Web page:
Bouroullec Brother’s New Paris Exhibition:
Here at Nazmiyal antique rugs, we are erstwhile admirers of good design. The Bouroullec brothers, Ronan and Erwan, are highly regarded industrial designers with a new exhibition on display at the Musee des Arts Decoratifs in Paris. An exhibition that highlights the Bououllecs’ penchant for modernism as well as organic, naturalistic aesthetics has been hugely well-received within the art world. Long the toast of critics and consumers alike, the Bouroullecs’ unique vision and tremendous technical prowess are being celebrated at he Musee des Arts Deco from now through the first of September.
The brothers Ronan and Erwan Bouroullec have been leading figures in the world of industrial design for more than a decade and are now showing an expansive and impressive exhibition at the Musee des Arts Decoratifs in Paris that offers an intimate glance into their unique and influential aesthetic. Having been at the forefront of many major movements within industrial design since at least 1999, the brothers Bouroullec are easily the most influential design team currently operating in France, and their work has had a significant impact on design trends all over the world. The exhibition, titled “Momentare” – the French for “momentary” – is a fascinating conglomeration of the brothers’ work, which, while perhaps superficially intimidating for its self-confidence and sparse composition, is actually deeply beautiful, functional, and exciting.
According to the website for the Musee des Arts Decoratifs, the exhibition, which runs from April 26 through September 1, is
Conceived as a gigantic system combining the spectacular and intimate […] and covers over 1000 square meters […] all aspects of production will be discussed: the object space, limited to the industrial part series of public furniture to furniture for domestic use, the drawing video, through photography. The nave and two aisles allow designers three approaches to their work at the center, the implementation of a system in a vast architectural space, the garden, the reflection around the office and workspace […] a more intimate approach integrating the creative process.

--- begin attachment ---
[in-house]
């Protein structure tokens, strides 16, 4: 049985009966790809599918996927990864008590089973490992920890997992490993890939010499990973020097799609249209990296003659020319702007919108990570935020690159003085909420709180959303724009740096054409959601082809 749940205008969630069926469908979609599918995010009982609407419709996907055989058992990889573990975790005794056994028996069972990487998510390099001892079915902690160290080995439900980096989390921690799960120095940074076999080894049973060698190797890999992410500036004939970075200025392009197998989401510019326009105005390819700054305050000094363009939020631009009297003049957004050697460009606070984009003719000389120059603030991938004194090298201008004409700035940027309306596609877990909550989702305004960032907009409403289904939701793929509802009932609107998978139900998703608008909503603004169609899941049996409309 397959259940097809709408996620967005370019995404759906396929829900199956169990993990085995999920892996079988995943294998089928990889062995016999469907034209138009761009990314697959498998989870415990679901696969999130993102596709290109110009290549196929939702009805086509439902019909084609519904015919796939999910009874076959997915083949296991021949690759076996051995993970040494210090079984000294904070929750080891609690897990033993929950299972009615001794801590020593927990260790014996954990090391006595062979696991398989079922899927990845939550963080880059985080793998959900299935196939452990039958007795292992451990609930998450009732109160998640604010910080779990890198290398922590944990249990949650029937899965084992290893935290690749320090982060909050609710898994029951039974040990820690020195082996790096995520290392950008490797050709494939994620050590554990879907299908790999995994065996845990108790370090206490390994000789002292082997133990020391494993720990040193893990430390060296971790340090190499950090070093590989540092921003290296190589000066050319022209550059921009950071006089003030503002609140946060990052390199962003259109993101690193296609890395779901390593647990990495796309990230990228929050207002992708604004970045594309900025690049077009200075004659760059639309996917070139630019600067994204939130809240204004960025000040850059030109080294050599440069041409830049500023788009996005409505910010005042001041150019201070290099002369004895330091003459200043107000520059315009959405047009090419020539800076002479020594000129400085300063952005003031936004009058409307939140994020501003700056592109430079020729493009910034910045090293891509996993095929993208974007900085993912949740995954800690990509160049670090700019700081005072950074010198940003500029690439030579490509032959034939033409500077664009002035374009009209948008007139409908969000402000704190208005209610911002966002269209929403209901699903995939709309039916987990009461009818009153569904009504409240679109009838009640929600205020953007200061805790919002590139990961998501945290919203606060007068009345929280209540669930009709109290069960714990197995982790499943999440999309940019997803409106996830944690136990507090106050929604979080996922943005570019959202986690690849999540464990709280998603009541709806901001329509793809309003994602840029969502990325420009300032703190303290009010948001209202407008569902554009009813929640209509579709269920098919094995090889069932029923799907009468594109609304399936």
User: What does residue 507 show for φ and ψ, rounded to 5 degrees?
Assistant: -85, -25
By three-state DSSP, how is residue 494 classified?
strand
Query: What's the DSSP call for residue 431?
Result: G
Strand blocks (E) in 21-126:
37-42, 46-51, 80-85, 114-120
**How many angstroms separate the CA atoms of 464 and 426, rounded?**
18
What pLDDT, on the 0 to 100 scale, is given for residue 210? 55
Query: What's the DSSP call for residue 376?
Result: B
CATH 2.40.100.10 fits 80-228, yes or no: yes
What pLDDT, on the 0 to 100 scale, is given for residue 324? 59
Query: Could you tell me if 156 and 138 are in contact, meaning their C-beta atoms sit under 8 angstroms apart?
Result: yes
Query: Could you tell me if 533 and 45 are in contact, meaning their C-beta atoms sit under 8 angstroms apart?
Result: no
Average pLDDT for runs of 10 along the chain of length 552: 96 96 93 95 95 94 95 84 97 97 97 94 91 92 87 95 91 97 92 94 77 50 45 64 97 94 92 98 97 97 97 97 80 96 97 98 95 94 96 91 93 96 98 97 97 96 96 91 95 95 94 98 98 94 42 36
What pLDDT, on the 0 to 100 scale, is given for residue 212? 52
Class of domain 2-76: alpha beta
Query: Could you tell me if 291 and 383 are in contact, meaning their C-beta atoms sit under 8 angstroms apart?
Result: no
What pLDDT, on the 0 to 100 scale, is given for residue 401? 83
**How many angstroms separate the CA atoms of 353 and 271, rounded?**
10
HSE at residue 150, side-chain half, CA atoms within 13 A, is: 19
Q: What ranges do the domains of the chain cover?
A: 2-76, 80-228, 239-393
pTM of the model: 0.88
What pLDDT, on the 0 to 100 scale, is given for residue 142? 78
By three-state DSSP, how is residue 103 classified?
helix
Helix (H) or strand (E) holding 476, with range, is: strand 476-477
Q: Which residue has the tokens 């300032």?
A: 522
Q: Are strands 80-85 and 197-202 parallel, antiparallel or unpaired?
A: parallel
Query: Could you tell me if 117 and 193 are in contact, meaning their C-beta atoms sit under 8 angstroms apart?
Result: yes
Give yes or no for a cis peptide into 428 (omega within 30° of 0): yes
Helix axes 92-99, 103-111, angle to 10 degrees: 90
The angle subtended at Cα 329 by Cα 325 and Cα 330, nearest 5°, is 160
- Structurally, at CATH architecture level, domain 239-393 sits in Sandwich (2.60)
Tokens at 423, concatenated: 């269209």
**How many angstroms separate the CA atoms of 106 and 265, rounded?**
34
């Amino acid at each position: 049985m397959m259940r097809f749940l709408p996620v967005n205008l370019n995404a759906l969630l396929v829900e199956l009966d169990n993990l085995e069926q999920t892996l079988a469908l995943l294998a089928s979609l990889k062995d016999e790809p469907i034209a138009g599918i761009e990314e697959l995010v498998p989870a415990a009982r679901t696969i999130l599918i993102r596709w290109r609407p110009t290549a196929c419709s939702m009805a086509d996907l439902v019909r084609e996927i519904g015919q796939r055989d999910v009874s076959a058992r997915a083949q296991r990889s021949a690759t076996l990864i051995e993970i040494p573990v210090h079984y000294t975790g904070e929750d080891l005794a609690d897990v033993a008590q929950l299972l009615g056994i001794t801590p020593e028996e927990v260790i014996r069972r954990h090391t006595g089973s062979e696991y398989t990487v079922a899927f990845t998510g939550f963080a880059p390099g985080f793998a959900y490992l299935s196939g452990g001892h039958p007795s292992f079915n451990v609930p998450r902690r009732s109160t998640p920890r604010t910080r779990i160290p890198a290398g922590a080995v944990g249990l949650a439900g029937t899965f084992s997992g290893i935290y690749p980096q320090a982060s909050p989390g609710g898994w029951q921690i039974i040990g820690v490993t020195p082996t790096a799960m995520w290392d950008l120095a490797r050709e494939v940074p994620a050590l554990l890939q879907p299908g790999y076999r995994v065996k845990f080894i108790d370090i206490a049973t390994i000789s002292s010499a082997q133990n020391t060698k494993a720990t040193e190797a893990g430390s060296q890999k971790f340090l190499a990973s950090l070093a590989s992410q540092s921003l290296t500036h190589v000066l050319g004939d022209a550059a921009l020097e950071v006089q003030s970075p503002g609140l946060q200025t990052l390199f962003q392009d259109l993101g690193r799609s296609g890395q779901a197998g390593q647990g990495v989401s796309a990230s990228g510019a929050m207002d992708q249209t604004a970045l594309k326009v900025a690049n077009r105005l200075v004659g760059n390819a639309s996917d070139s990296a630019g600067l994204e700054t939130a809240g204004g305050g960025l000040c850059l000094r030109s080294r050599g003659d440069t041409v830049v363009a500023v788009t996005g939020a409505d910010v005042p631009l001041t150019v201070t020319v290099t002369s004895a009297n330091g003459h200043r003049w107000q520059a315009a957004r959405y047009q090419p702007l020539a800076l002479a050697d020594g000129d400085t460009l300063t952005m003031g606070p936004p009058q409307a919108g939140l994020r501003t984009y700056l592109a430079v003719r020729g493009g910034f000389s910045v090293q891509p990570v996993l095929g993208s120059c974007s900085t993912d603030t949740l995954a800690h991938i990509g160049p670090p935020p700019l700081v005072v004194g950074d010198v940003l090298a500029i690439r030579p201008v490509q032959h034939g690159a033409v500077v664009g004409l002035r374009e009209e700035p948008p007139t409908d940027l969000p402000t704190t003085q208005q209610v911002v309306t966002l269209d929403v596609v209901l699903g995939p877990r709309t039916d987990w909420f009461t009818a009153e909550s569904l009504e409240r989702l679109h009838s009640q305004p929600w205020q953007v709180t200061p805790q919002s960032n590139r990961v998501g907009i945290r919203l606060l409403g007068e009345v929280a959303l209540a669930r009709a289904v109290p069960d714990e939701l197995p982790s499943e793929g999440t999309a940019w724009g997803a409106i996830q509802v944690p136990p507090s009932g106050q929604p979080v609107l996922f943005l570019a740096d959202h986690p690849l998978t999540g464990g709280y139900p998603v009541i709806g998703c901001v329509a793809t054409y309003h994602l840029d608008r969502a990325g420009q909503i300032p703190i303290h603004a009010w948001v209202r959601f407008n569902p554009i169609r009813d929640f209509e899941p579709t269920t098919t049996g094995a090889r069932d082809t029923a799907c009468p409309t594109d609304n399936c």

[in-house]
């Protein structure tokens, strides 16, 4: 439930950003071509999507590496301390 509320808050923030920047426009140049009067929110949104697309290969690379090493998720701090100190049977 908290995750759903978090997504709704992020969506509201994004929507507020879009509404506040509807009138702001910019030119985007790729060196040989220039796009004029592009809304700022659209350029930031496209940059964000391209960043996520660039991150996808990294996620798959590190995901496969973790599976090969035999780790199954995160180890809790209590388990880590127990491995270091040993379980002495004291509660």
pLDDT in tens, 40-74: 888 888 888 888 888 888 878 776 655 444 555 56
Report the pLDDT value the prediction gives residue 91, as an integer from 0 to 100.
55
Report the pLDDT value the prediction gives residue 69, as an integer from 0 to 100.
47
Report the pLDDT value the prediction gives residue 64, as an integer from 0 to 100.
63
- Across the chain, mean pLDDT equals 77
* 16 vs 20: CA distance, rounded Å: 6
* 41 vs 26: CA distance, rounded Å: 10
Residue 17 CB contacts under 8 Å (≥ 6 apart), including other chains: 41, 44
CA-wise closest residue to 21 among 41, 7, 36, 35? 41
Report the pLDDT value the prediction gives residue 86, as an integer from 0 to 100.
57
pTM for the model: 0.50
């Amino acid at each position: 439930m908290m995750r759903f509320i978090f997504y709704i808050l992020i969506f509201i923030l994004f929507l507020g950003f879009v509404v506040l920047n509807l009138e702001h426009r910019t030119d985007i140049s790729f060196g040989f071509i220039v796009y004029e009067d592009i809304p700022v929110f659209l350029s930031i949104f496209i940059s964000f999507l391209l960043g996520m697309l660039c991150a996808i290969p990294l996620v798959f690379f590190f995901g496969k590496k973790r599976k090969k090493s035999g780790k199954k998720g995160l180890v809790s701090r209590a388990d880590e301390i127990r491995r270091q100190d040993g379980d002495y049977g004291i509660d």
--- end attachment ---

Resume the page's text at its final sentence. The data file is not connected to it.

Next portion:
The triumph of the Bouroullec’s exhibition, which has been acclaimed by art critics the world over, would seem to be the result of – among many other things – its integrity and consistency with the brothers’ much-lauded design style.
One art critic writing for the New York Times says that the Bouroullec’s aesthetic is a winning approach because it is “formally elegant, technically ingenious, disciplined, yet flexible… [it] has the air of something that belongs to the present, and could only be the result of the latest technology and design thinking.”
Perhaps this marriage of technical prowess and the utilization of modern ideas – coupled with an aesthetic that seems to focus on the organic – is the foundation of the Bouroullecs’ tremendous success.
“Momentare,” which is positively massive in scale, seems to focus most keenly on the Bouroullecs’ more naturalistic compositions, including a large display of their famed “algue” – decorative pieces that resemble plastic seaweed and one of the Bouroullecs’ most successful creations: the seaweed decorations are sold in bundles of 25 which cost about $125, and more than 8 million have been sold worldwide. There is also a large display of the Bouroullecs’ “Clouds,” which consists of a series of interlocking felt tiles.
That the Bouroullecs can simultaneously evoke the ultra-modern and the naturalistic in such an aesthetically appealing manner is surely a major factor in their enduring success as industrial designers. The Bouroullecs brilliantly embrace the technology of the present in more than just a utilitarian manner – they also weave it into the very fabric of their design, acknowledging that as our lives are changed by technology, our aesthetic and functional needs are also changed.
While modern industrial design is not for everyone, work that is as thoughtful and technically well-executed as the Bouroullecs’ possesses a level of quality and beauty that practically transcends questions of taste.
If you enjoyed this post, you might be interested in other content on the Nazmiyal Blog! Like may be this post on David Thomas Smith’s “Anthropocene” exhibition currently showing in Dublin, this story about Jean Royere’s mid century modern design, or this one about designer Yves Behar!
This art blog was published by: Nazmiyal Antique Oriental Rugs